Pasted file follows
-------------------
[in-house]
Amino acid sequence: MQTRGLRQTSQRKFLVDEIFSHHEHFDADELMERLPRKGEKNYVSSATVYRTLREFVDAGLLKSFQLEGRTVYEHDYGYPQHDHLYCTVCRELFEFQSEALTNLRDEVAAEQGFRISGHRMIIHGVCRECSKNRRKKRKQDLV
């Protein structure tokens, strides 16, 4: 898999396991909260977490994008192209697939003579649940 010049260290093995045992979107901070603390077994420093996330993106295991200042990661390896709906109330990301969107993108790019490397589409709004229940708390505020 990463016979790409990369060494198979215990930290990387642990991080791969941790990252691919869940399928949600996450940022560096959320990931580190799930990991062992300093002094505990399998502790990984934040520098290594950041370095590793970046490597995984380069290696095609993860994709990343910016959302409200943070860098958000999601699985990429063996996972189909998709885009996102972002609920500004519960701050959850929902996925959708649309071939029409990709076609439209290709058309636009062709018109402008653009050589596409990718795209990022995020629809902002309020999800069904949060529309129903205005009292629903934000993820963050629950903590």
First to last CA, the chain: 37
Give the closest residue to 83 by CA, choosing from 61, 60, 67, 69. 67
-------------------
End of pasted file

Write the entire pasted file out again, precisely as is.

[in-house]
Amino acid sequence: MQTRGLRQTSQRKFLVDEIFSHHEHFDADELMERLPRKGEKNYVSSATVYRTLREFVDAGLLKSFQLEGRTVYEHDYGYPQHDHLYCTVCRELFEFQSEALTNLRDEVAAEQGFRISGHRMIIHGVCRECSKNRRKKRKQDLV
């Protein structure tokens, strides 16, 4: 898999396991909260977490994008192209697939003579649940 010049260290093995045992979107901070603390077994420093996330993106295991200042990661390896709906109330990301969107993108790019490397589409709004229940708390505020 990463016979790409990369060494198979215990930290990387642990991080791969941790990252691919869940399928949600996450940022560096959320990931580190799930990991062992300093002094505990399998502790990984934040520098290594950041370095590793970046490597995984380069290696095609993860994709990343910016959302409200943070860098958000999601699985990429063996996972189909998709885009996102972002609920500004519960701050959850929902996925959708649309071939029409990709076609439209290709058309636009062709018109402008653009050589596409990718795209990022995020629809902002309020999800069904949060529309129903205005009292629903934000993820963050629950903590």
First to last CA, the chain: 37
Give the closest residue to 83 by CA, choosing from 61, 60, 67, 69. 67